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Published July 09, 2020
University of Wyoming researchers are studying whether applying an insecticide early in the season and herbicide at the same time controls alfalfa weevils and helps prevent a field from becoming a buffet for pests and heartburn for farmers.
Some companies are offering the option to apply the two pesticides in one application for increased convenience. Herbicides to control weeds usually are applied earlier than the insecticide used for weevil control, and some producers are skeptical enough larvae have emerged to offer control, says Randa Jabbour, plant sciences associate professor at UW.
“Many producers are saying it’s helping but, as of right now, there is no data to back that up,” says plant sciences graduate student Micah McClure.
Researchers wanted to measure alfalfa weevil control, but also how the practice affects beneficial insects.
McClure, of Ronan, Mont., netted insects on research plots this spring at the James C. Hageman Sustainable Agriculture Research and Extension Center near Lingle. The first sweep was May 6, and he finished netting his final batch the week of June 22 on the 15 plots. He collected more than 68 bags to take back to the College of Agriculture and Natural Resources for counting.
The tiny alfalfa weevil (about 3/16 inches long) beetle is just as excited for the growing season to arrive as farmers; they overwinter in the crowns of alfalfa plants and debris around a field. Once temperatures rise to about 48 degrees, females chew holes in the alfalfa stems and deposit eggs as the alfalfa breaks dormancy, about April through May. Each female can lay 400 to 1,000 eggs. The larvae hatch, and the feasting -- and damage -- begin.
Producers who determine the number of weevils are close to an economic threshold like to spray at least one week before they cut the alfalfa, but that decision can be derailed by factors outside their control -- such as weather.
“There is this really narrow window of time when these growers are trying to make these decisions,” Jabbour says. Spraying earlier could solve the timing problem.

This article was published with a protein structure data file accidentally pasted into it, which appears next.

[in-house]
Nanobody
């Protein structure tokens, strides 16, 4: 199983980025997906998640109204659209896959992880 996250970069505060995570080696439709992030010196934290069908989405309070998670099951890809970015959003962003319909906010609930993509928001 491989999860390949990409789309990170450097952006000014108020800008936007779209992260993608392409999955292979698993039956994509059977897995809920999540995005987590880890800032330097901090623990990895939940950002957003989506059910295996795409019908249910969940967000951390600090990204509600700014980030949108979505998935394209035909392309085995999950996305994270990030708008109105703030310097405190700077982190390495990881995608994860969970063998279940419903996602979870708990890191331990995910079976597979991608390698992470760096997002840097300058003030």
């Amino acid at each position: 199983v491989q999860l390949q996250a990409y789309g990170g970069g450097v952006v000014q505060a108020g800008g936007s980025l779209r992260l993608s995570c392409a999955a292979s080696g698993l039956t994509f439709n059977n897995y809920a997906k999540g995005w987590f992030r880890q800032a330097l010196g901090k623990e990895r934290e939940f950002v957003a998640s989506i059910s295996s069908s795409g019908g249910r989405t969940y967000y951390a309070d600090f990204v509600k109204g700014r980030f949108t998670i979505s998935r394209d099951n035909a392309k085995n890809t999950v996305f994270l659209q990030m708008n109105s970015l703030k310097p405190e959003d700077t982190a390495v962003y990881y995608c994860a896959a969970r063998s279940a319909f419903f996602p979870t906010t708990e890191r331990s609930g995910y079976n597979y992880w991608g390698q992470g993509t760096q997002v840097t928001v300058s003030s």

Research by Oklahoma State University in the 1990s showed that six larvae per stem on 15-inch-high alfalfa can cause a .5-ton loss per acre in the first cutting and .4 in the second cutting. The study indicated eight larvae per 15-inch stem cause a .67-ton-per-acre loss in the first cutting and .55 in the second. The information is in “Alfalfa Weevil Biology and Management,” B-983, available at www.wyoextension.org/publications/Search_Details.php?pubid=353&pub=B-983.
COVID-19 has slowed UW research efforts, but peek in a fourth-floor laboratory in the College of Agriculture and Natural Resources, and you’ll see a masked McClure meticulously taking one insect at a time from a plastic bag and putting it under a microscope to determine the species and add to the running total of insects.
McClure is counting alfalfa weevil larvae and adults; clover root curculios; bees; ladybugs; damsel bugs; spiders; grasshoppers; wasps; aphids; and lygus bugs. “Insects in Wyoming Alfalfa” is a guide to the pests and beneficial insects commonly found in Wyoming alfalfa fields.
His sweeps May 6 netted no alfalfa weevil larvae and only two adults. By May 27, that total jumped to 348 larvae and nine adults.
Weevils are a one-generation, early spring problem, says McClure, and some producers cut hay earlier to try to control the pests, but some can survive and start damaging the second cutting. The pests can then cause further harm to production because an alfalfa plant is putting all its energy into the secondary growth.
The UW effort is part of a larger grant from the U.S. Department of Agriculture’s National Institute of Food and Agriculture Alfalfa Seed and Alfalfa Forage System Program and study led by Utah State University, Jabbour says. Chemists there want to determine how much and how long a pesticide stays on leaves during an application and how long it stays toxic. Jabbour says entomologists there are measuring different levels of toxicity and if the insecticide will still kill an insect over time.
UW will collect and send leaf samples to Utah State next year. Jabbour has a hypothesis that spraying earlier in cooler weather will increase an insecticide’s effectiveness.
“We think when you spray earlier (and it’s cooler), it stays around longer to be able to kill the insect than later in the season (when warmer),” she says.
More efficient spraying also could lessen weevil resistance to an insecticide. Jabbour says, in the western United States, there is more documentation of alfalfa weevils being resistant to some of these pesticides.
“We have not measured that in Wyoming, so we don’t know we have this resistance here, but we probably do, and it’s probably worse in certain places,” she says. “It’s a hunch.”
McClure may be able to give preliminary data on this research this fall. Jabbour says the hope is to give producers good information whether spraying early is effective and, if so, farmers could optimize when they use the product to reduce the rate of developing resistance in the insects.